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news News Tuesday, December 1, 2020 Wednesday, December 9, 2020 2:19 PM - Wednesday, December 9, 2020 2:19 PM

Patients turned interns

Life-changing care attracts patients to careers in pediatric orthopaedics

Patients turned interns

Two impressive interns joined the rehabilitation team at Shriners Hospitals for Children — Salt Lake City last summer. The two students shared a special connection to the hospital as former patients. Aubrey sought treatment for speech therapy, and Kylie, born with the rare disease osteogenesis imperfecta (OI), started coming to Shriners Hospitals for Children when she was 5 years old for care at the hospital’s OI clinic.

Kylie’s journey

Kylie’s family didn’t have any luck finding specialty care in their home state of Wyoming. After some research, they discovered there was a Shriners Hospitals for Children location a few hours away in Salt Lake City. They were delighted to learn the hospital had a devoted clinic for OI. Kylie remembers what a different experience coming to Shriners Hospital was for her. She found the staff to have an understanding that she hadn’t experienced before. “I never came to Shriners Hospital and felt like anyone thought that I was being dramatic or being a baby,” said Kylie. “Everybody was just great!”

As Kylie entered her teen years, a severe form of scoliosis affected her spine. Because it was progressing quickly, a surgery date was scheduled right away, and she ended up spending Christmas in the hospital. That week ended up making a lasting impact on Kylie’s future in an unexpected way. Kylie remembers that after surgery, physical therapists, including Scott Jerome, MPT, CPSI, visited her every day to help her get out of bed and get moving. She was not happy about their prods to get moving, and remembers being unkind to the therapists. They all seemed unfazed by her grumpiness, and were unfailingly kind to her.

“They were like, ‘nope, it’s okay, you have to get out of bed, let’s go,’” Kylie said. “Later I reflected, first, that I need to be nicer, and also, I want to be that person for kids.” Kylie decided she wanted to become a pediatric physical therapist and help kids just like her. That focus continued through her college experience. She graduates this month from the University of Colorado with a physical therapy degree and feels honored to have been an intern in the rehabilitation department at the same hospital where she once received life-changing care.

In Kylie’s first week as an intern she met a patient with OI who had her spine fused. She was delighted to connect with her on their similar experiences, and let her know life was going to get better. As an intern, Kylie shadowed physical therapist, Jennifer Janowicz, D.P.T. Her time with Jennifer was her third and final rotation, and she ultimately became independent with Jennifer’s caseload of limb lengthening, sports medicine and developmental therapy patients. Notably, not available at many hospitals, Kylie was able to spend time in the motion analysis center, wheelchair and seating department, Pediatric Orthotic and Prosthetic Services (POPS) department and the speech therapy department. She also shadowed the hospital’s chief of staff, Kristen Carroll, M.D.

Aubrey’s internship

A student at the University of Utah in the recreational therapy program, Aubrey interned with the hospital recreational therapist, Laura Lewis Hollingshead, CTRS, TRS. Born with cerebral palsy, Aubrey received speech therapy from Laura Barnett, MCSD/CCC-SLP, for close to 13 years. An incredibly formidable part of her childhood, Aubrey was inspired by what she saw during those years. Witnessing children with disabilities doing things she knew the outside world might think them incapable of made a huge impact.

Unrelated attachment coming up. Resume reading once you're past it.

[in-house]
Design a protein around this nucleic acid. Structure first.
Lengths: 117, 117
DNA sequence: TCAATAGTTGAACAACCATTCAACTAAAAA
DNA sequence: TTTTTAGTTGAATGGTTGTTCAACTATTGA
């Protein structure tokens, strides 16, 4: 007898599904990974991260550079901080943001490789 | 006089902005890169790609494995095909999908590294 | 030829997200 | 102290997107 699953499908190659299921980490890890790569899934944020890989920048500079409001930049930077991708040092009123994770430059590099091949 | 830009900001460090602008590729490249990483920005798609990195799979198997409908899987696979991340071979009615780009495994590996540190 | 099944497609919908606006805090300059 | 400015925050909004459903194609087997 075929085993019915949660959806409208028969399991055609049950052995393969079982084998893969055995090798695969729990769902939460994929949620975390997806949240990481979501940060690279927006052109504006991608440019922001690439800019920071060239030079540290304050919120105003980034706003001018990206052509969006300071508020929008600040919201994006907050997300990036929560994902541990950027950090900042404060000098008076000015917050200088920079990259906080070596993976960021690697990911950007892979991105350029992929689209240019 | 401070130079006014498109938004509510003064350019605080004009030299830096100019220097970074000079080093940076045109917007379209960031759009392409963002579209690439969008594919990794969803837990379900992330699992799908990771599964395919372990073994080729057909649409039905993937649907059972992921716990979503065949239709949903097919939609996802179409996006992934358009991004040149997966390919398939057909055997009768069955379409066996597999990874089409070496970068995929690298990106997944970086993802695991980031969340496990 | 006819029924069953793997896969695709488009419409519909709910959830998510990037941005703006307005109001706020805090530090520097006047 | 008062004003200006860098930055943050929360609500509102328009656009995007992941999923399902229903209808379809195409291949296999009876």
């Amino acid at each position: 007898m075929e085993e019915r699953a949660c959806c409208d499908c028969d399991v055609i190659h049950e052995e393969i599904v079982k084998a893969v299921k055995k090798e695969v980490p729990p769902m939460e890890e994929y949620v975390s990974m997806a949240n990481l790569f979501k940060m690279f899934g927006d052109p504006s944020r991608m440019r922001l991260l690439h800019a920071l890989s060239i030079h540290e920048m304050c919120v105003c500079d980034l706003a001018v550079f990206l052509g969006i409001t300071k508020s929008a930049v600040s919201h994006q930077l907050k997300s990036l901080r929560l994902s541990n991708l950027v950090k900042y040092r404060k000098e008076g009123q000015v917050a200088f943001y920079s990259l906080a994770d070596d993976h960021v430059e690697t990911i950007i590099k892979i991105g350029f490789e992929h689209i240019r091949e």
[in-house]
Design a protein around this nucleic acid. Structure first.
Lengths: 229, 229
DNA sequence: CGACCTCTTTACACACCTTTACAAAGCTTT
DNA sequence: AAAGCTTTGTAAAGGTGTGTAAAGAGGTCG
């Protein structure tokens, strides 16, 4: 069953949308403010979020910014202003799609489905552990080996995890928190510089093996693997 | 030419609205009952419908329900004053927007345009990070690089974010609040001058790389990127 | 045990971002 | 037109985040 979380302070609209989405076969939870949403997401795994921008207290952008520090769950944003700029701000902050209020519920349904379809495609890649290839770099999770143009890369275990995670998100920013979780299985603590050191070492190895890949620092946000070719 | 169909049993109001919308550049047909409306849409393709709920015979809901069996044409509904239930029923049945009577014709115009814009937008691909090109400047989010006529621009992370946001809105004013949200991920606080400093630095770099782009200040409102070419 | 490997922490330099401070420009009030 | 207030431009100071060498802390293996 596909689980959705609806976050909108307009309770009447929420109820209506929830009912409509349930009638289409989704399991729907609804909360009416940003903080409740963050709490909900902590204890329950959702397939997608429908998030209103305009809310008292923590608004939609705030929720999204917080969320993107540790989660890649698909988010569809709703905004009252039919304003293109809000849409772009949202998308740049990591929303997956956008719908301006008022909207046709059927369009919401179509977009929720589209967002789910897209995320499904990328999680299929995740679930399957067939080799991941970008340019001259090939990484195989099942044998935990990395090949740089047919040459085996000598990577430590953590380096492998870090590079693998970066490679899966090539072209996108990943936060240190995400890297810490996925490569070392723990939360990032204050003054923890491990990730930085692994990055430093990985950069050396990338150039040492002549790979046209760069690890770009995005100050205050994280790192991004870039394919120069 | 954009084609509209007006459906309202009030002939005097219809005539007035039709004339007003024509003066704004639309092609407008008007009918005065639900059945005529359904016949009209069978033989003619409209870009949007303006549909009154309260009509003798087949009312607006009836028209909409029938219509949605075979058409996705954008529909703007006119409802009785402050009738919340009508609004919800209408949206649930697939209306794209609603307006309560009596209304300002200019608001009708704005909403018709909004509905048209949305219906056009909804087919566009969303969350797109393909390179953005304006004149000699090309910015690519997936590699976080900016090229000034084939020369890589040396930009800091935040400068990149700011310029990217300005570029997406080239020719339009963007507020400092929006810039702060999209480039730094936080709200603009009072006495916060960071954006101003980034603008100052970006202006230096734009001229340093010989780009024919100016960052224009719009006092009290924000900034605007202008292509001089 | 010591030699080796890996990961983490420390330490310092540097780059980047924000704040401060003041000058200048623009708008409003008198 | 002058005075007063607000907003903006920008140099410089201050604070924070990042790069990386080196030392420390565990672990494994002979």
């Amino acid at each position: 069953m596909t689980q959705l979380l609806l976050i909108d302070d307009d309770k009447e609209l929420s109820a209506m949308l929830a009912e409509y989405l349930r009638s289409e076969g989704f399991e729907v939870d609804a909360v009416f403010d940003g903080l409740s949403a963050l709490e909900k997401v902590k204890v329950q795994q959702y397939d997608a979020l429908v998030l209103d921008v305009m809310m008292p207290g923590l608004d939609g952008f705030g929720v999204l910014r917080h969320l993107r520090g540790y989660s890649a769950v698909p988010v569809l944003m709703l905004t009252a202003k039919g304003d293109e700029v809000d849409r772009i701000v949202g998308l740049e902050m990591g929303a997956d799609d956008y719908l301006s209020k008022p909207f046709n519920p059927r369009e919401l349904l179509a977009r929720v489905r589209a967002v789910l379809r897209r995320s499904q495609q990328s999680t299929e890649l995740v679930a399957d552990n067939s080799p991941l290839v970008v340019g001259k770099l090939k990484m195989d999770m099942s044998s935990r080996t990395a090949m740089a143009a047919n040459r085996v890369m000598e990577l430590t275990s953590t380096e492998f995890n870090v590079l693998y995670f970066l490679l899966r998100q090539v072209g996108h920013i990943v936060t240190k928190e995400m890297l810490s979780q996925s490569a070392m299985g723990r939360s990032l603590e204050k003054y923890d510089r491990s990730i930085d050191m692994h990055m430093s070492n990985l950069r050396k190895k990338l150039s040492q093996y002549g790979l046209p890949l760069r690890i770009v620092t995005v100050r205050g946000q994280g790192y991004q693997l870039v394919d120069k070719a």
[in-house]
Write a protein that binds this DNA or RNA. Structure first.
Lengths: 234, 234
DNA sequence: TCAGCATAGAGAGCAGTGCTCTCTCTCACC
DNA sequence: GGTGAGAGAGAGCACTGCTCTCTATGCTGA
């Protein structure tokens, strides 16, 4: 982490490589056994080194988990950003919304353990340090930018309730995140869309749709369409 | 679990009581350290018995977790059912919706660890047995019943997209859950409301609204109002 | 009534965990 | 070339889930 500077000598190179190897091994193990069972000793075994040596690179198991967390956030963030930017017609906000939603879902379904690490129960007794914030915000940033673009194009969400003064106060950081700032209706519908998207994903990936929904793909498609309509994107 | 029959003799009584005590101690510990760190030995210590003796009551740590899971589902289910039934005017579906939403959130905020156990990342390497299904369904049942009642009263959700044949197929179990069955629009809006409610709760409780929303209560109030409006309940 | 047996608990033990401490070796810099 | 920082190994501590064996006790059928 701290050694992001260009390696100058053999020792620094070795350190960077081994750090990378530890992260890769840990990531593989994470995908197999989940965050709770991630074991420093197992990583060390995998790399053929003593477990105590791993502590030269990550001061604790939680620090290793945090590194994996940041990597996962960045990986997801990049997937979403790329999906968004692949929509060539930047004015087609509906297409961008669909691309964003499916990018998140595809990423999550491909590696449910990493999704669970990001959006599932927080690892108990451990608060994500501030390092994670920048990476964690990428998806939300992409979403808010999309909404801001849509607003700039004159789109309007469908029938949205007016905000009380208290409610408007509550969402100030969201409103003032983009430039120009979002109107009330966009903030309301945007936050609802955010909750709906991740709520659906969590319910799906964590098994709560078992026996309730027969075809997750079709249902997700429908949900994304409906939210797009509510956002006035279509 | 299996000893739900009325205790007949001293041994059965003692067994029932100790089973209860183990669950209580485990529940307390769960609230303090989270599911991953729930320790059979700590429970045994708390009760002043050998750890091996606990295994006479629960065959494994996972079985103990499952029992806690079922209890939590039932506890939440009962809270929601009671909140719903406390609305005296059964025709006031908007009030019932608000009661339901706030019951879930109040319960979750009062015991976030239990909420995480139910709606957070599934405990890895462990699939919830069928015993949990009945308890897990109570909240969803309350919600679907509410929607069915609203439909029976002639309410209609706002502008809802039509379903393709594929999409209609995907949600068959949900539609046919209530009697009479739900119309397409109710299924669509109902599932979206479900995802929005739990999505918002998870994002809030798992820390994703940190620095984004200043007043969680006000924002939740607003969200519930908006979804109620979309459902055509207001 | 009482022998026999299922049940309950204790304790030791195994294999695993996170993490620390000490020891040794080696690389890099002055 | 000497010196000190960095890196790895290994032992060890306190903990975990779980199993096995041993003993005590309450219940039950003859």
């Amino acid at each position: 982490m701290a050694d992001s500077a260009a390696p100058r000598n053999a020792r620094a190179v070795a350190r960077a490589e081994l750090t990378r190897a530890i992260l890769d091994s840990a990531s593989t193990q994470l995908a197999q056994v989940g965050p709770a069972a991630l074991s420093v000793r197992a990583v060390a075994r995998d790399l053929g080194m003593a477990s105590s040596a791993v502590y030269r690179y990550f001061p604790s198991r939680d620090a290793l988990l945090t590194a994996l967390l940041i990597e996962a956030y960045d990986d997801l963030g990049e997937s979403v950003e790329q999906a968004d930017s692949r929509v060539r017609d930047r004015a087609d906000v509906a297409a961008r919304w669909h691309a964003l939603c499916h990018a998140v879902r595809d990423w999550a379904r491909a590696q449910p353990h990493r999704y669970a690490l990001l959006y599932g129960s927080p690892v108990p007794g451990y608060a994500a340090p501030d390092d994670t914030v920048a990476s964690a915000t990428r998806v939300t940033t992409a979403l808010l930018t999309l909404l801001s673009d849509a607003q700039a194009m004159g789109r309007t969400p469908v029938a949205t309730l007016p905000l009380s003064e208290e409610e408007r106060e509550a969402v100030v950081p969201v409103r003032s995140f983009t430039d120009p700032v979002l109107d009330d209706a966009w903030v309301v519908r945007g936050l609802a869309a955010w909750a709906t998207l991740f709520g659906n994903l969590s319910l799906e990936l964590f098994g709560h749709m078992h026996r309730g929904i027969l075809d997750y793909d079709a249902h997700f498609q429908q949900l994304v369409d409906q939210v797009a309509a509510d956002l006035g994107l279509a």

“I always knew I wanted to work with kids with physical disabilities because of what I saw at Shriners Hospital,” said Aubrey. “Growing up with cerebral palsy, it was important for me to find ways to recreate and engage in activities.”

Aubrey knows she was lucky to have parents who didn’t let her off easy because of her disability. They signed her up for every sport and recreational activity they could. Recreational therapy can play a huge part for children with disabilities, as they are often put on the margins when it comes to activities. Aubrey learned this first hand, and wants to bring the experience of inclusion that recreation can provide to children with disabilities.

As an intern with the recreational therapy program at Shriners Hospitals for Children — Salt Lake City, Aubrey loved getting to work with the kids and play. Play is the work of children is the mantra of recreational therapy, so integrating that with the children’s care at the hospital is the challenge and thrill of working in recreational therapy. As an intern, she helped prepare for the activities at weekly play groups, which has new themes every week and requires a lot of preparation and coordination. Laura felt it was important during Aubrey’s time with her to recognize Aubrey's strengths and help her find ways to utilize those strengths so that she can become an amazing recreational therapist. She found Aubrey to have a great presence and an amazing light about her, and knew she’d contribute wherever her journey took her.

Most significantly, Aubrey helped prepare one of the hospital’s most ambitious projects, the annual Halloween Costume Clinic, which accommodated a record 40 children this year. Buying all the supplies and readying a kit for each team took hours of preparation. “Working with Aubrey was amazing,” said Laura. “I honestly don’t think I could have pulled off the costume clinic without her help!”

Aubrey shares the sentiment and was grateful for her time with Laura. “I just love it at Shriners Hospital,” said Aubrey. “My dream is to work there one day!”

Aubrey